Debt investors lay claim to islands, cruise ships and theme parks

Great Stirrup Cay is an island in the Bahamas that offers tourists the chance to relax on white sandy beaches, snorkel with sea turtles or even swim with wild pigs on a neighbouring islet.

This month the island also offered fund managers enough comfort to buy almost $700m of junk bonds issued by Norwegian Cruise Lines. The Miami-based operator pledged the 268-acre Caribbean idyll it has owned since 1986 as collateral, along with a second island in Belize and a couple of ships. It was a make-or-break fundraising to tide Norwegian through the Covid-19 crisis that has upended the tourism industry.

So-called secured debt deals were once a rarity in the corporate bond market, but American companies are now pawning their family silver as never before. More than 100 cruise ships, over two dozen theme parks and even the rights to take off and land at airports around the world are all now up for grabs, if companies fail to repay their debts or stumble into bankruptcy.

“I get that some fixed-income investor is not going to want to be the owner of a Caribbean island,” said Tim Conduit, a partner at Allen & Overy in London. “But they are going to want to be in a better position as a creditor. ‘Some collateral is better than no collateral’ is probably what investors are thinking.”

Value and jurisdiction of Carnival’s $4bn bond collateral Net book value

Last month companies issued $21bn of new junk-rated secured bonds in the US, according to Debtwire — a number that bankers and investors believe to be a record. Higher-rated investment-grade companies have also provided extra backing on their bonds, including the cruise liner Carnival, which began the wave of issuance in April with a $4bn debt deal backed by 86 ships.

As the coronavirus crisis intensified in March, the bond market did not seem the obvious place for corporate treasurers to turn for emergency funds. Many companies back then were talking to specialist hedge funds about potential rescue loans on onerous terms.

But after the Federal Reserve launched a package of stimulus measures that buoyed bond markets at the end of that month, Carnival’s bankers found that mainstream fixed-income fund managers were casting an eye over the company’s scores of otherwise unencumbered cruise ships.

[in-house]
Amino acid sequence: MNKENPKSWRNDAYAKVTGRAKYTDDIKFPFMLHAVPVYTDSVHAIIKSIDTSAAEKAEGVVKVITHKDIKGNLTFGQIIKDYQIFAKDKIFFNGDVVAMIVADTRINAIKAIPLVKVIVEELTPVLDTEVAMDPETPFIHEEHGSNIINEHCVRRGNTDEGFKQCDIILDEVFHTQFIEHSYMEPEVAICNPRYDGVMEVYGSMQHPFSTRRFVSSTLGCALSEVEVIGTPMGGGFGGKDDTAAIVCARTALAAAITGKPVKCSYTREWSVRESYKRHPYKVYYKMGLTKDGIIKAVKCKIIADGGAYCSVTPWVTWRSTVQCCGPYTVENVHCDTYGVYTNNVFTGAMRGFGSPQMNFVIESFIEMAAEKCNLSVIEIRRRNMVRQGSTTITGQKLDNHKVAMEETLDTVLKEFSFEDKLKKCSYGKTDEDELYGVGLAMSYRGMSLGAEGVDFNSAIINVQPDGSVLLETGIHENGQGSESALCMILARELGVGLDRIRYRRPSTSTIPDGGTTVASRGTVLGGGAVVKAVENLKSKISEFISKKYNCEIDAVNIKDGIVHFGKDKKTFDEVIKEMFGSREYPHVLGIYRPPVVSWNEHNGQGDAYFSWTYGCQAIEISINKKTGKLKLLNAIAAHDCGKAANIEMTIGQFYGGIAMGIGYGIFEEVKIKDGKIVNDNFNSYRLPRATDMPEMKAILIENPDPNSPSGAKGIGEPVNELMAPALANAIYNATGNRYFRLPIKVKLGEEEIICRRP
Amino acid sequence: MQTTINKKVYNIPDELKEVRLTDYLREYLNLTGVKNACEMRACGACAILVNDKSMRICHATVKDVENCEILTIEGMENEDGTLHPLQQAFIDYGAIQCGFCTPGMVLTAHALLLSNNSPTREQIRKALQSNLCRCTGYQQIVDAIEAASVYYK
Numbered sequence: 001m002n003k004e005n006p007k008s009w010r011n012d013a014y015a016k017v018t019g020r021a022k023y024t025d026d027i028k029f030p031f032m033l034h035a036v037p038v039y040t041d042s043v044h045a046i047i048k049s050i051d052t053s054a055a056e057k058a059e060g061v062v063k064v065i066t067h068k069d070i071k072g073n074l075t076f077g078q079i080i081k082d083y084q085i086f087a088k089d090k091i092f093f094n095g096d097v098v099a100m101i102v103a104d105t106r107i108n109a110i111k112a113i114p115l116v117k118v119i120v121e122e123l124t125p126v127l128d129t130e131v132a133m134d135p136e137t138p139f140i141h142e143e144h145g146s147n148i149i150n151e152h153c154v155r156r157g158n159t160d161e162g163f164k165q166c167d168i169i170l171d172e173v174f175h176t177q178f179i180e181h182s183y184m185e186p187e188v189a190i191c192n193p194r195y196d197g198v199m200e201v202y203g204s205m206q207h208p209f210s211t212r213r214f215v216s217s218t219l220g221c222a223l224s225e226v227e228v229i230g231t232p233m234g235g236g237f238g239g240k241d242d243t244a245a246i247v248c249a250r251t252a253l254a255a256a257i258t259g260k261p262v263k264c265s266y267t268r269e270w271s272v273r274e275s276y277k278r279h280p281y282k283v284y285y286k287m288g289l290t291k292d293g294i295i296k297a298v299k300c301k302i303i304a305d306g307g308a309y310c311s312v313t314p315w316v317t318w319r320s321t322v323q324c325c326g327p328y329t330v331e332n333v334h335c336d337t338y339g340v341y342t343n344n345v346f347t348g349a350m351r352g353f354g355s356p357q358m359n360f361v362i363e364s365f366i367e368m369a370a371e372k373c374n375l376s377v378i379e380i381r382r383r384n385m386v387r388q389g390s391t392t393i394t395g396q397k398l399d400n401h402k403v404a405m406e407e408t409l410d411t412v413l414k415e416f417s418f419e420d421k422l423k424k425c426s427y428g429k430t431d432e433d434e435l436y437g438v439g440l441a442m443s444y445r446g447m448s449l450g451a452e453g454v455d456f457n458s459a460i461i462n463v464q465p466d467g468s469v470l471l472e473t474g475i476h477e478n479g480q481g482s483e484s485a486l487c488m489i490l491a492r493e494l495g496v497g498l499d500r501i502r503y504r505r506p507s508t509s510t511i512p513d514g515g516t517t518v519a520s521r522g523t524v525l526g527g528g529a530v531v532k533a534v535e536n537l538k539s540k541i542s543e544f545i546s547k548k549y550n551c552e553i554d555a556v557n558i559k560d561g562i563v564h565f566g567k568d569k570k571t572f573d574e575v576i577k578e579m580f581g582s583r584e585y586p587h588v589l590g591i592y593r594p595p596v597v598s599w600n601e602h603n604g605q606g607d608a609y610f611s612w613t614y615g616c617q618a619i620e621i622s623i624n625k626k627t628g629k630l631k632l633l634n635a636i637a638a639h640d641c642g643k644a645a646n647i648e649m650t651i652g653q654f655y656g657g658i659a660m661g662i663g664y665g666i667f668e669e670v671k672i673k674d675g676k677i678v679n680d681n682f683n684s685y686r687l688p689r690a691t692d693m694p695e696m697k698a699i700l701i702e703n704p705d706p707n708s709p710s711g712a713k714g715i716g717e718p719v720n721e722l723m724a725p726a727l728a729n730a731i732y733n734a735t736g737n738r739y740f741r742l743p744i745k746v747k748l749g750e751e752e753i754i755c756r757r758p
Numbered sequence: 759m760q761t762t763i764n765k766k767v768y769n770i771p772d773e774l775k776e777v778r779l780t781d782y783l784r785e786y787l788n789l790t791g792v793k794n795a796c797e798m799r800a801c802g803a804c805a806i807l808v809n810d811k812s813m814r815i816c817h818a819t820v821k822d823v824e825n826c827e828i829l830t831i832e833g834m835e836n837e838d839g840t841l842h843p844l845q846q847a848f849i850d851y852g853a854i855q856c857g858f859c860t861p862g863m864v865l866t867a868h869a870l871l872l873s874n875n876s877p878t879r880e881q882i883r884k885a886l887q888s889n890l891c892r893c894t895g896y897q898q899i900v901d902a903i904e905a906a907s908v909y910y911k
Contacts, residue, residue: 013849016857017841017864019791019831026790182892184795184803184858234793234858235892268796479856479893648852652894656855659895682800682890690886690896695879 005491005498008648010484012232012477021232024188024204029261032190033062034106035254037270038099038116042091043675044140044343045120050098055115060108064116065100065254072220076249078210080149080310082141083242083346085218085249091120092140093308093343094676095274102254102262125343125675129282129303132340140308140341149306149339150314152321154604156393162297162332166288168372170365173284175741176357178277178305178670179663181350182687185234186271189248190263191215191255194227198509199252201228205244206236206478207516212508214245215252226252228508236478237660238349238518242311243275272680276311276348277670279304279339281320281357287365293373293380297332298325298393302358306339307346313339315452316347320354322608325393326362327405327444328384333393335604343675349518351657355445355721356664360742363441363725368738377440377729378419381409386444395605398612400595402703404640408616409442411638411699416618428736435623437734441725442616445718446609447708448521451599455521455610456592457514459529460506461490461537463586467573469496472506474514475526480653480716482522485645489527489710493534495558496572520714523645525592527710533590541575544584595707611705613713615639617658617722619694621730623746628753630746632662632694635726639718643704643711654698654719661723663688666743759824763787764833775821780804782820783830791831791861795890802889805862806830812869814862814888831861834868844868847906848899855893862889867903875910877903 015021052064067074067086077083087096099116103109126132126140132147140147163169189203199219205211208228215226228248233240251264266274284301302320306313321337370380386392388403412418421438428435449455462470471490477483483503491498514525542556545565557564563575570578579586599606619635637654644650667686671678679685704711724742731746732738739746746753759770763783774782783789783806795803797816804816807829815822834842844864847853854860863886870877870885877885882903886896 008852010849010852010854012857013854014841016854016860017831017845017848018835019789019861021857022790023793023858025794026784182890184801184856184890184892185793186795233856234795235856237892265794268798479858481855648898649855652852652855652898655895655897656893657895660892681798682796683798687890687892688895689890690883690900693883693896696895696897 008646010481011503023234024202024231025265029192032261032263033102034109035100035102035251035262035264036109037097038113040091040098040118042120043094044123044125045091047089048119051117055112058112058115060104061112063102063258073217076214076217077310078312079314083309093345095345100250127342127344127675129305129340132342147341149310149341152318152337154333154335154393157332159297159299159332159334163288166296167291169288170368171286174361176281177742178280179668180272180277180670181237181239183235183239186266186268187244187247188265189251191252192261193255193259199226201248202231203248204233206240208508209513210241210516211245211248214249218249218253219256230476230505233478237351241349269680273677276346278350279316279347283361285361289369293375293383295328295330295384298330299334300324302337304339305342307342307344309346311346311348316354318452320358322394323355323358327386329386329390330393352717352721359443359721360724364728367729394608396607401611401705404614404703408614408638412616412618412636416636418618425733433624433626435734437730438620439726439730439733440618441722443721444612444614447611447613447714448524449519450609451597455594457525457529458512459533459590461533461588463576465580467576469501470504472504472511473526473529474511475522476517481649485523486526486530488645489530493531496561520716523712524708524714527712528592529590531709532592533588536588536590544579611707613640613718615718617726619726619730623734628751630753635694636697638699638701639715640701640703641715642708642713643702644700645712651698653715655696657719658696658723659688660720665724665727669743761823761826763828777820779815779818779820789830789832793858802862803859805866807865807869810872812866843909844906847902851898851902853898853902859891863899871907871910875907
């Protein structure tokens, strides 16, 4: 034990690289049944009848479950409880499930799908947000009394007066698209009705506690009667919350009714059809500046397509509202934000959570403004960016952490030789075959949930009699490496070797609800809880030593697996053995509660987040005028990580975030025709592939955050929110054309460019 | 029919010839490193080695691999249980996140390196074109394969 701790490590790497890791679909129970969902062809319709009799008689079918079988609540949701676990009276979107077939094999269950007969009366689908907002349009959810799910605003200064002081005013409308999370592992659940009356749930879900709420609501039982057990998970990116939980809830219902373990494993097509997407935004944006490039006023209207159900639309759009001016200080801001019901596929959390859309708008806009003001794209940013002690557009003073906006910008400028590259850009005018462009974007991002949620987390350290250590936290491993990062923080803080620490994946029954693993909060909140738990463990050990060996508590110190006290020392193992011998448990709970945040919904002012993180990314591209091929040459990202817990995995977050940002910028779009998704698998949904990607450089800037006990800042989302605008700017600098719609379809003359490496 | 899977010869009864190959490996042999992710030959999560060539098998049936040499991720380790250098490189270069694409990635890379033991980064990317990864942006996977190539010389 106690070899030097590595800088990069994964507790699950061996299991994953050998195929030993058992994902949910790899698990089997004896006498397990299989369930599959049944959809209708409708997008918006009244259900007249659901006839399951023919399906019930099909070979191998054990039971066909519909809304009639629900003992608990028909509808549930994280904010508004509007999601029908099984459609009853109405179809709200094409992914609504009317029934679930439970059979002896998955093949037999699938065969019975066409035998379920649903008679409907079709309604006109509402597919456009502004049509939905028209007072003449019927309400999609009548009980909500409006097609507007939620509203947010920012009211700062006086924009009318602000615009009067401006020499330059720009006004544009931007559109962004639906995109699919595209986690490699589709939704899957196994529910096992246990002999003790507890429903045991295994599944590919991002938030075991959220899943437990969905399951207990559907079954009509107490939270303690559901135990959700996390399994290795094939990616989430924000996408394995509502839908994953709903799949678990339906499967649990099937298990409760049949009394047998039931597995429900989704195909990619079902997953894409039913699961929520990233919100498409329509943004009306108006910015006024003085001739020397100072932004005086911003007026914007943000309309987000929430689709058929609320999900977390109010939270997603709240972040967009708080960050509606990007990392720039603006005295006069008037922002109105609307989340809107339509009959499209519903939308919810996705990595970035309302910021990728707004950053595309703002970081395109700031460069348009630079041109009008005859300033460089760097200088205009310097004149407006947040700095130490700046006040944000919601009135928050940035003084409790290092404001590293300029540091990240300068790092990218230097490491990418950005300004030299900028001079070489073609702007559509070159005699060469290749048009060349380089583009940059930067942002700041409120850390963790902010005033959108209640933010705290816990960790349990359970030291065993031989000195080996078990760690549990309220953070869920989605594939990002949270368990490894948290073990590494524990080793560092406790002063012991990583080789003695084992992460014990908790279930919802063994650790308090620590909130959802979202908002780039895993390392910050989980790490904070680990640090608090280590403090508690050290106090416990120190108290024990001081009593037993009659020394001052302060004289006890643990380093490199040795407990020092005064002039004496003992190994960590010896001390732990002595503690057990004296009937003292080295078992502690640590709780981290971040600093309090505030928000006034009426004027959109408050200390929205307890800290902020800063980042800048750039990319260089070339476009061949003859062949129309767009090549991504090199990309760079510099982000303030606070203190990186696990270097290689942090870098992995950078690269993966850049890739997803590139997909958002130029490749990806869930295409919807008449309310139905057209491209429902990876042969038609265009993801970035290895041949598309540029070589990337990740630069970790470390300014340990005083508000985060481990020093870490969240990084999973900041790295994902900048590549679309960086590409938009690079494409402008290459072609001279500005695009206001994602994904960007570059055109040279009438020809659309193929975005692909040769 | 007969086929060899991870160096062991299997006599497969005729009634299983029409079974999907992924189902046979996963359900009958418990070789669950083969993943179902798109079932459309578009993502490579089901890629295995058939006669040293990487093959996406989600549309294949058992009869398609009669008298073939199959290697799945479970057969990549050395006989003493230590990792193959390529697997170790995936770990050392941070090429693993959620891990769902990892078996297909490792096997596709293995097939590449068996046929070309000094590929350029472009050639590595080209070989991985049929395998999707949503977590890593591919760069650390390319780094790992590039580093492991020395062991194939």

Its deal ended up serving as a blueprint. Carnival demonstrated that with a high enough interest rate — near to 12 per cent — and a low loan-to-value, or LTV, ratio — a measure of a company’s debt to the value of the secured assets — even a company leaking $1bn of cash a month could access the bond market.

Miami-based Carnival said its ships were worth more than $27bn on paper, but also warned that finding buyers could be tough, as the market for used cruise ships is small.

Line chart of $500m 10.5% 2025 bond showing AMC's secured bonds plunge straight after issuance

“These are companies with no visibility on their revenue,” said Fraser Lundie, head of credit at Federated Hermes. “The one thing they can provide visibility on is the LTV.”

Some types of collateral are proving more alluring than others.

AMC Entertainment tapped the junk bond market for $500m in April, giving the US cinema chain enough money to ride out a total shutdown of its theatres until Thanksgiving. But investors and traders have subsequently dumped the bonds, driving their price down to just 83 cents on the dollar a month after issuance.

In part that is because of the weaker collateral behind AMC’s deal. The company owns just 62 of its 937 cinemas outright. Along with a few parcels of land including a vacant plot by a highway in Texas, they are the company’s only real physical assets.

Meanwhile, a $2.25bn bond sale from United Airlines failed to get off the ground this month, as investors expressed scepticism about the value of the ageing aircraft the US airline offered as collateral.

By contrast, Delta Air Lines raised $5bn weeks earlier with little difficulty, despite offering up few physical assets. Instead the Atlanta-based carrier pledged its rights to operate gates and fly planes from airports such as Heathrow in London or John F Kennedy in New York.

Roger King, an analyst at research firm CreditSights, described these take-off and landing slots as “fuzzy collateral,” saying their real value to debt investors would be tested only by bankruptcy.

“It’s like a bottle of old wine — you never want to open it up, because you don’t want to know if it’s bad or not,” he said.

Some investors fear that even traditional hard assets such as boats and planes could prove challenging for investors to enforce their claims on.

None of the 86 ships Carnival pledged to bondholders, for instance, is registered in the US. The ships are instead flagged in jurisdictions including Bermuda, Panama and Curacao.

That means that seizing the ships to sell them could prove tricky. “The security is governed by the country the asset is situated in,” said Shweta Rao, an analyst at research firm Reorg. “Enforcing your security on a ship is not easy.”

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